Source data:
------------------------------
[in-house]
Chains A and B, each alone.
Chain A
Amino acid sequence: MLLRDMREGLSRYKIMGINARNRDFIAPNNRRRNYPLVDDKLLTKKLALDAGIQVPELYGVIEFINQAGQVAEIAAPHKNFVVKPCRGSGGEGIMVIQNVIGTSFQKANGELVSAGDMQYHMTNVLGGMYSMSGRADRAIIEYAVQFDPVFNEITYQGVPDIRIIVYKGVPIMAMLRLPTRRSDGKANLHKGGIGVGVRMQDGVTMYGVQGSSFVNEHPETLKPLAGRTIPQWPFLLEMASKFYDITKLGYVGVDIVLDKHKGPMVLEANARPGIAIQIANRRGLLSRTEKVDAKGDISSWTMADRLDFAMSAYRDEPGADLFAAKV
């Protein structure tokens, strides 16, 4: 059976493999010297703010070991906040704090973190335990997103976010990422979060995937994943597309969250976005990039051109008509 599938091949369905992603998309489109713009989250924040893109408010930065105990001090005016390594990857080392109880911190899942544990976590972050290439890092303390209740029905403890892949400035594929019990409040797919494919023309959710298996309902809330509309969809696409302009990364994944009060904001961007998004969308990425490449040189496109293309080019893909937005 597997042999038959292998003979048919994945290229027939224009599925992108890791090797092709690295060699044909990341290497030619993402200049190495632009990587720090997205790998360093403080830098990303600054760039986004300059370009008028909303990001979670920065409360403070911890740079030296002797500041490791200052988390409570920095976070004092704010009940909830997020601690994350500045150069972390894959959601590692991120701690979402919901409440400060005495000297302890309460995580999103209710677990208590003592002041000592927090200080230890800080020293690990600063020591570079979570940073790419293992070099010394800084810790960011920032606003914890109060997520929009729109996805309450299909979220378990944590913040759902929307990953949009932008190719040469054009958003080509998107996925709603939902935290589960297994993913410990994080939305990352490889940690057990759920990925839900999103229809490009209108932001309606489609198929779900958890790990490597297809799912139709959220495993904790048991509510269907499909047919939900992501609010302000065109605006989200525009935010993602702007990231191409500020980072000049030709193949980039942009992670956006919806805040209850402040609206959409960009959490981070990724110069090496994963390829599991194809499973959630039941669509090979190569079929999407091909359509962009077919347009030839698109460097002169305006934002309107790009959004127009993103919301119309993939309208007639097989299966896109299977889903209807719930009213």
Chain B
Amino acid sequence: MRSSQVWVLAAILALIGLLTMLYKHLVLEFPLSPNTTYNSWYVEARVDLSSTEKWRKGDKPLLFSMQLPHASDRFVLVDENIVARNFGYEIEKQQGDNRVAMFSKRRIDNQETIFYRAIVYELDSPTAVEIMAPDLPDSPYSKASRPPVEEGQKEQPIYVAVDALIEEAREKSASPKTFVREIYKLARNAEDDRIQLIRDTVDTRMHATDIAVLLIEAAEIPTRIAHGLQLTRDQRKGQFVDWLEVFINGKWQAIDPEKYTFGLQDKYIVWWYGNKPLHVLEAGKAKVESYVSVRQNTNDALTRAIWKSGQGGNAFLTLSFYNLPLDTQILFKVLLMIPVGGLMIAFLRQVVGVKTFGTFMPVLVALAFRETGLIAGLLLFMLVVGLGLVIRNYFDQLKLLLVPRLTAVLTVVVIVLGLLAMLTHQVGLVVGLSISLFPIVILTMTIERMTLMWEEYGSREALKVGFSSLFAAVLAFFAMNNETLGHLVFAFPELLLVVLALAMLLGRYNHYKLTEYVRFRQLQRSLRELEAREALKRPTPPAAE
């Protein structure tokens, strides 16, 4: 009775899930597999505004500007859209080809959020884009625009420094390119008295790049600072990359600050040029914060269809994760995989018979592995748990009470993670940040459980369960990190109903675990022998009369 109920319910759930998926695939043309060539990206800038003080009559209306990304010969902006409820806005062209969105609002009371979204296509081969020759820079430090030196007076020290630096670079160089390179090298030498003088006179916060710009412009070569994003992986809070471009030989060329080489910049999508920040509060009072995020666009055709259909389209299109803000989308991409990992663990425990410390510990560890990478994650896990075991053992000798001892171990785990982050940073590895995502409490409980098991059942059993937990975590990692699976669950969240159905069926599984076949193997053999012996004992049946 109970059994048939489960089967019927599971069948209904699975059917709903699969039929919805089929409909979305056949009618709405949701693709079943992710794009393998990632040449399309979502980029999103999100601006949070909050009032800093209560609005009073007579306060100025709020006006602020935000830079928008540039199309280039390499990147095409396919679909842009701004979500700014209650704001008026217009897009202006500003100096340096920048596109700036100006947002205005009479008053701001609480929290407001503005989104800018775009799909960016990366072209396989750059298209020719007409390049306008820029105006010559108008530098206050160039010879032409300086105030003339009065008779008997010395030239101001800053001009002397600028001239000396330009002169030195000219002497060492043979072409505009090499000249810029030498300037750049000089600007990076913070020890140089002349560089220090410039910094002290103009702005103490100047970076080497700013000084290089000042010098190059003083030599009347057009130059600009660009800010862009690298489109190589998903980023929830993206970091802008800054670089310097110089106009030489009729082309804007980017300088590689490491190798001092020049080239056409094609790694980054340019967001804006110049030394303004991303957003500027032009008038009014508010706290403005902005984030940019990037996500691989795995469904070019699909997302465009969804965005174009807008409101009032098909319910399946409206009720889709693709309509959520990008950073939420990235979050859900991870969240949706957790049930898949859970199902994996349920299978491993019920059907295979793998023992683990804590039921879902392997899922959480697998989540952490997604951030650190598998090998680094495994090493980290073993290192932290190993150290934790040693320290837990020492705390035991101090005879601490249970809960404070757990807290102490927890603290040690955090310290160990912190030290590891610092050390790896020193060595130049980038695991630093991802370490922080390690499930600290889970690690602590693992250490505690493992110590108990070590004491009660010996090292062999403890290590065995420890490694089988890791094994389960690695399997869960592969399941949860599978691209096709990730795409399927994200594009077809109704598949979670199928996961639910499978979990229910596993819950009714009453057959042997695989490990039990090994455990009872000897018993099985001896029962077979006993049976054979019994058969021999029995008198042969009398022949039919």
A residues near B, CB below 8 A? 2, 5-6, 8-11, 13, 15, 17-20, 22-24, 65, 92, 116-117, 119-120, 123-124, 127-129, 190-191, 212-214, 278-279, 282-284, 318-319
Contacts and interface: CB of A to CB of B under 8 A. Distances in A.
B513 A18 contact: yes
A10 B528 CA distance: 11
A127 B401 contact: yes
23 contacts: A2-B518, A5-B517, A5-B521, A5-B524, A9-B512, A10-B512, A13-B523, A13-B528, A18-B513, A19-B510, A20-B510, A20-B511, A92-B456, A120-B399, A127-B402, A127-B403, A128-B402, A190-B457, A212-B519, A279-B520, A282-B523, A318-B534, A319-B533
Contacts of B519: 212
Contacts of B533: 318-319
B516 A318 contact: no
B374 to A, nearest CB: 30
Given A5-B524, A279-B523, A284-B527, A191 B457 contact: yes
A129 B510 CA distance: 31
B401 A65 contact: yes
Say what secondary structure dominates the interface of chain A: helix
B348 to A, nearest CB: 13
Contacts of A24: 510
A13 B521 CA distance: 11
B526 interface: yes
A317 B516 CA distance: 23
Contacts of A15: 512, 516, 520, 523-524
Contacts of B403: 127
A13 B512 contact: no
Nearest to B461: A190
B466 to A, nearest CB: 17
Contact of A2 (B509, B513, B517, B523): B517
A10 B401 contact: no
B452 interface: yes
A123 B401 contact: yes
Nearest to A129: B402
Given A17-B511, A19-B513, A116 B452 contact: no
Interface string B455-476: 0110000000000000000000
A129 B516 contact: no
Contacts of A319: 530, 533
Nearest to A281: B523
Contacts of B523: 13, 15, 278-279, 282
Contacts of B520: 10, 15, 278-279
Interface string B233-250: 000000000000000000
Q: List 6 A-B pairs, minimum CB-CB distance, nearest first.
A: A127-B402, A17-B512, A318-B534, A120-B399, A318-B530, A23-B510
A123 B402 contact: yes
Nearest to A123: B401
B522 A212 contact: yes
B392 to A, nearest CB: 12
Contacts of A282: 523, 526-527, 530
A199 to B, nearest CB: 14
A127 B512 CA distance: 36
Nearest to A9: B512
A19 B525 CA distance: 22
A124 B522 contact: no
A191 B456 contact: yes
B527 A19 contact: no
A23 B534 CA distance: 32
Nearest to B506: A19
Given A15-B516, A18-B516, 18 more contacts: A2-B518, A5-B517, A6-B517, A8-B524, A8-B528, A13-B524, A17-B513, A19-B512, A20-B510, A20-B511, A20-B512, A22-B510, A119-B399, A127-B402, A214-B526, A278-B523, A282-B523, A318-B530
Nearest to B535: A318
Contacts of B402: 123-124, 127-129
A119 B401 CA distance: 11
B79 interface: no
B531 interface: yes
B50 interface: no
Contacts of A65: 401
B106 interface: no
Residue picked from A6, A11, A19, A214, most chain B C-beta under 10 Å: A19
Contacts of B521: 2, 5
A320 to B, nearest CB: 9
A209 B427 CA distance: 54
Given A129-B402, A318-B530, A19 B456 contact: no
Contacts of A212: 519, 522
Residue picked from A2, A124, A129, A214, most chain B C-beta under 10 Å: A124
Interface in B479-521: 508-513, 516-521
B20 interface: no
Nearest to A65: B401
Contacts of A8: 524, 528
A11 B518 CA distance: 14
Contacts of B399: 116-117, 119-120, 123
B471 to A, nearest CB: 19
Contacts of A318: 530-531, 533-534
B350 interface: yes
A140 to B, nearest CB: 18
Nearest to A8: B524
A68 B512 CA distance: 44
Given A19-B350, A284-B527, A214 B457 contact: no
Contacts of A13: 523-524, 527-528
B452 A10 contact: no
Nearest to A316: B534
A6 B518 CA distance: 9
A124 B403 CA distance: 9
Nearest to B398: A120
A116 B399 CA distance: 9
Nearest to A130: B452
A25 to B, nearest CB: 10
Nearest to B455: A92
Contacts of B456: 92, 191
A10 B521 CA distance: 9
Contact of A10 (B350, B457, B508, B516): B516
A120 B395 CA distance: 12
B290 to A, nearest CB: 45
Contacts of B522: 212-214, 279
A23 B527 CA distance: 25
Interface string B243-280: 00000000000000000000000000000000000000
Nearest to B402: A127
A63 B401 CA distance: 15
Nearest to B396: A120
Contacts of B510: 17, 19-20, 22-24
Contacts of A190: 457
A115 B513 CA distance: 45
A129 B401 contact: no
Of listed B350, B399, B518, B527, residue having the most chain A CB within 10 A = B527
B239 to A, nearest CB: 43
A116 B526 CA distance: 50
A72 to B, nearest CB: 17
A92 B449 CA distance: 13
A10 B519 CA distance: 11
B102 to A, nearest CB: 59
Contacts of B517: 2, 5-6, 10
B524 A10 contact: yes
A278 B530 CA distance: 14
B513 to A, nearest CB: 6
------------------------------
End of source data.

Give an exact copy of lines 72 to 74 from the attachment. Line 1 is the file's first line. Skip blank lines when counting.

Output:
Contacts of B521: 2, 5
A320 to B, nearest CB: 9
A209 B427 CA distance: 54